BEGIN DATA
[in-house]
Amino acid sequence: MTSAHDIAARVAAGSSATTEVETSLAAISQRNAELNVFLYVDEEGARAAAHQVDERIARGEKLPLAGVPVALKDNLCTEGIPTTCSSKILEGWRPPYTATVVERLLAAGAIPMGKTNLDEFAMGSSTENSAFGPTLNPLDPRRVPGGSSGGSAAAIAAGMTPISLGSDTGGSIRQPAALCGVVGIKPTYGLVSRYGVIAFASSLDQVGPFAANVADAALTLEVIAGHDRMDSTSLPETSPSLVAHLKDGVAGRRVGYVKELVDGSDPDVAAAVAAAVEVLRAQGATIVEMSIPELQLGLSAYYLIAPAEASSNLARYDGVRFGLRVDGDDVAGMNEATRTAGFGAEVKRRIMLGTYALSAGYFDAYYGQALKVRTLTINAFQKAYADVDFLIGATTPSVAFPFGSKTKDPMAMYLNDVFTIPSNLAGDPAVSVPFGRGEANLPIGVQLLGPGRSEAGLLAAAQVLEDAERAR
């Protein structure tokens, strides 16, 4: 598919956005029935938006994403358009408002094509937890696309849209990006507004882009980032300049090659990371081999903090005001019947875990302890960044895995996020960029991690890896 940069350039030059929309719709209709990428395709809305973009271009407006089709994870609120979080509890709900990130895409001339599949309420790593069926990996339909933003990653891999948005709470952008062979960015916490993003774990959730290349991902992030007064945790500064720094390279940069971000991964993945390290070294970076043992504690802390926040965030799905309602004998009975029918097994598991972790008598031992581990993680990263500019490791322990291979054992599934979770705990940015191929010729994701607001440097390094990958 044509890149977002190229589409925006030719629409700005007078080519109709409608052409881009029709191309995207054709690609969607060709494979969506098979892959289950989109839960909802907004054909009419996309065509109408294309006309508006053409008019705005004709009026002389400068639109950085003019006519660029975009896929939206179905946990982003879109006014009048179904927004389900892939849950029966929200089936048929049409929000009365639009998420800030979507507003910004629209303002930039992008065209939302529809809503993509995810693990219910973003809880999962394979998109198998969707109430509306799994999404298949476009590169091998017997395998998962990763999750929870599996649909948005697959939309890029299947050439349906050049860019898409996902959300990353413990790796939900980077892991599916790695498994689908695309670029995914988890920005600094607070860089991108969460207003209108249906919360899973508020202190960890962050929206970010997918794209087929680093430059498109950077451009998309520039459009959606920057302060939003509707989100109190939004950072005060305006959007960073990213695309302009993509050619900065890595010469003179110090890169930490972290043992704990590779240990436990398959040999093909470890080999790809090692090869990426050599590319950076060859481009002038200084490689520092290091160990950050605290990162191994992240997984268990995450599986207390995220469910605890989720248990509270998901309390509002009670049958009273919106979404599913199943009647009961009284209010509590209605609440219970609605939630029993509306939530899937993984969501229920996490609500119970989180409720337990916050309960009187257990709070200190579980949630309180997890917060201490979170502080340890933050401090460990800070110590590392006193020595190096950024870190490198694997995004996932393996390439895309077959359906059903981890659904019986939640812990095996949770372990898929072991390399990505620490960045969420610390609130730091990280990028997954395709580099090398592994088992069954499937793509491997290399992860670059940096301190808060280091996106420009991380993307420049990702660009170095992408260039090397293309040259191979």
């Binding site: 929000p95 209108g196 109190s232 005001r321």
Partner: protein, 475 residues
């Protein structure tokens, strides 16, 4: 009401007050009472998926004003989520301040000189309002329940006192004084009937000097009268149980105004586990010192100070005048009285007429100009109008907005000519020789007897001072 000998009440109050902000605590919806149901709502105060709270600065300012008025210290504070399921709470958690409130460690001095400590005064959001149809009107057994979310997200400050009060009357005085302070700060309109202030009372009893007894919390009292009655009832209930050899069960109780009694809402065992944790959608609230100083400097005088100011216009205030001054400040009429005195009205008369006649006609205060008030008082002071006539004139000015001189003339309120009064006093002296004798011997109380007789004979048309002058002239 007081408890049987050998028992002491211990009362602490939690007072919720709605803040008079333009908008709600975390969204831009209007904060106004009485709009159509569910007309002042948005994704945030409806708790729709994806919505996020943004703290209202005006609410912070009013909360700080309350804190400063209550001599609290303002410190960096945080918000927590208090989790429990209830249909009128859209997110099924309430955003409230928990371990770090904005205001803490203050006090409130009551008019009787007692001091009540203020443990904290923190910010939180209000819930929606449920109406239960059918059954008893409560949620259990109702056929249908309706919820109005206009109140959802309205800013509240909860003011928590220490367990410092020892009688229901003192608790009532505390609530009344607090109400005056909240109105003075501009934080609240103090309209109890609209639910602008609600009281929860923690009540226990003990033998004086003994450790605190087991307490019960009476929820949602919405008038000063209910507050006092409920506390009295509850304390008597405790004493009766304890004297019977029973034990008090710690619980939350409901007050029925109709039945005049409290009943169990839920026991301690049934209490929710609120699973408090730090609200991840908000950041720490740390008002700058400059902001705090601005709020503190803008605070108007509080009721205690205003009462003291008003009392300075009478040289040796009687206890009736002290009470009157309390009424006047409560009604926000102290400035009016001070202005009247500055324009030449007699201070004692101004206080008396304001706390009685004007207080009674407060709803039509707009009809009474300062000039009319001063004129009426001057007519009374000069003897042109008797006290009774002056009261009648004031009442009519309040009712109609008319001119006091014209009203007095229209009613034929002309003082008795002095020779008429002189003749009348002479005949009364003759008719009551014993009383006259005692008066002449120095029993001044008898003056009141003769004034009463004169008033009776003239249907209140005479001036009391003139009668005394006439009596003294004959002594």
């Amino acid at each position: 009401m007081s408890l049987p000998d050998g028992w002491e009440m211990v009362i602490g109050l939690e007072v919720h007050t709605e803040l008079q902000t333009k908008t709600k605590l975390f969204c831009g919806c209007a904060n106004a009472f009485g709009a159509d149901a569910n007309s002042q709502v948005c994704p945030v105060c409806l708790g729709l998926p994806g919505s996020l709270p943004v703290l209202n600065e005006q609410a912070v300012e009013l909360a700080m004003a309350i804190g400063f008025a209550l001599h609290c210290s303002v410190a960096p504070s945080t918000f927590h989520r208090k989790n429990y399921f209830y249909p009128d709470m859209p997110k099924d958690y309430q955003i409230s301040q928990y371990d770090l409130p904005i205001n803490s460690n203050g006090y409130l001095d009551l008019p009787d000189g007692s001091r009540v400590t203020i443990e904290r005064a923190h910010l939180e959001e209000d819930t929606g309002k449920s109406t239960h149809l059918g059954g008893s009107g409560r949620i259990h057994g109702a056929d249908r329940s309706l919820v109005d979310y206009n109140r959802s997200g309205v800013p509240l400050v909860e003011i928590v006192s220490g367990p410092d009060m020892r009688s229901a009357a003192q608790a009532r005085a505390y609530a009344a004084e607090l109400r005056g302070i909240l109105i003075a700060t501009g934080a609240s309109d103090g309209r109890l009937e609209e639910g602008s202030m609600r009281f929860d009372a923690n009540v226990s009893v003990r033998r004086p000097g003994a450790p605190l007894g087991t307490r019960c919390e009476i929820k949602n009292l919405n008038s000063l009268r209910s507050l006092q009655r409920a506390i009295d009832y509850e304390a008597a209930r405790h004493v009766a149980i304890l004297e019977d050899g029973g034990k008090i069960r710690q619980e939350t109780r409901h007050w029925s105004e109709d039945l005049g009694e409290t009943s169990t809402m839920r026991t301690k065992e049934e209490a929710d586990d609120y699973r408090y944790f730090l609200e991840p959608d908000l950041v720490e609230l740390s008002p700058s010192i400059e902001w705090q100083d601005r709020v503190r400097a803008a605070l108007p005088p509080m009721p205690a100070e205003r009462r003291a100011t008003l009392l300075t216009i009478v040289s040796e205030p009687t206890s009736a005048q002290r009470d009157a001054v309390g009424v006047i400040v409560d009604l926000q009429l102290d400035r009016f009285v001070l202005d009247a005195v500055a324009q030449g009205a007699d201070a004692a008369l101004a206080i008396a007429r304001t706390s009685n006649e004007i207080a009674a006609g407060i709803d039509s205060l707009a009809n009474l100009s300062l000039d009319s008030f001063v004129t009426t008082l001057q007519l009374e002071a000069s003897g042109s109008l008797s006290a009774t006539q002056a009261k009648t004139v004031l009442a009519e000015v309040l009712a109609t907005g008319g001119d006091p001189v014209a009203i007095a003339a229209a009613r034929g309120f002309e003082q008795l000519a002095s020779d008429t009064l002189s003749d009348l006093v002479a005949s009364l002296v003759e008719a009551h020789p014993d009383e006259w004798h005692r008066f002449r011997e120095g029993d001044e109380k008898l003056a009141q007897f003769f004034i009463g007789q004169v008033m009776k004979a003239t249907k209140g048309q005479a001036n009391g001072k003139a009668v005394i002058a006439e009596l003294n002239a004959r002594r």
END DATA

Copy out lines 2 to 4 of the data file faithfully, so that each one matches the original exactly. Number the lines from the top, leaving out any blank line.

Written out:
Amino acid sequence: MTSAHDIAARVAAGSSATTEVETSLAAISQRNAELNVFLYVDEEGARAAAHQVDERIARGEKLPLAGVPVALKDNLCTEGIPTTCSSKILEGWRPPYTATVVERLLAAGAIPMGKTNLDEFAMGSSTENSAFGPTLNPLDPRRVPGGSSGGSAAAIAAGMTPISLGSDTGGSIRQPAALCGVVGIKPTYGLVSRYGVIAFASSLDQVGPFAANVADAALTLEVIAGHDRMDSTSLPETSPSLVAHLKDGVAGRRVGYVKELVDGSDPDVAAAVAAAVEVLRAQGATIVEMSIPELQLGLSAYYLIAPAEASSNLARYDGVRFGLRVDGDDVAGMNEATRTAGFGAEVKRRIMLGTYALSAGYFDAYYGQALKVRTLTINAFQKAYADVDFLIGATTPSVAFPFGSKTKDPMAMYLNDVFTIPSNLAGDPAVSVPFGRGEANLPIGVQLLGPGRSEAGLLAAAQVLEDAERAR
């Protein structure tokens, strides 16, 4: 598919956005029935938006994403358009408002094509937890696309849209990006507004882009980032300049090659990371081999903090005001019947875990302890960044895995996020960029991690890896 940069350039030059929309719709209709990428395709809305973009271009407006089709994870609120979080509890709900990130895409001339599949309420790593069926990996339909933003990653891999948005709470952008062979960015916490993003774990959730290349991902992030007064945790500064720094390279940069971000991964993945390290070294970076043992504690802390926040965030799905309602004998009975029918097994598991972790008598031992581990993680990263500019490791322990291979054992599934979770705990940015191929010729994701607001440097390094990958 044509890149977002190229589409925006030719629409700005007078080519109709409608052409881009029709191309995207054709690609969607060709494979969506098979892959289950989109839960909802907004054909009419996309065509109408294309006309508006053409008019705005004709009026002389400068639109950085003019006519660029975009896929939206179905946990982003879109006014009048179904927004389900892939849950029966929200089936048929049409929000009365639009998420800030979507507003910004629209303002930039992008065209939302529809809503993509995810693990219910973003809880999962394979998109198998969707109430509306799994999404298949476009590169091998017997395998998962990763999750929870599996649909948005697959939309890029299947050439349906050049860019898409996902959300990353413990790796939900980077892991599916790695498994689908695309670029995914988890920005600094607070860089991108969460207003209108249906919360899973508020202190960890962050929206970010997918794209087929680093430059498109950077451009998309520039459009959606920057302060939003509707989100109190939004950072005060305006959007960073990213695309302009993509050619900065890595010469003179110090890169930490972290043992704990590779240990436990398959040999093909470890080999790809090692090869990426050599590319950076060859481009002038200084490689520092290091160990950050605290990162191994992240997984268990995450599986207390995220469910605890989720248990509270998901309390509002009670049958009273919106979404599913199943009647009961009284209010509590209605609440219970609605939630029993509306939530899937993984969501229920996490609500119970989180409720337990916050309960009187257990709070200190579980949630309180997890917060201490979170502080340890933050401090460990800070110590590392006193020595190096950024870190490198694997995004996932393996390439895309077959359906059903981890659904019986939640812990095996949770372990898929072991390399990505620490960045969420610390609130730091990280990028997954395709580099090398592994088992069954499937793509491997290399992860670059940096301190808060280091996106420009991380993307420049990702660009170095992408260039090397293309040259191979």
């Binding site: 929000p95 209108g196 109190s232 005001r321």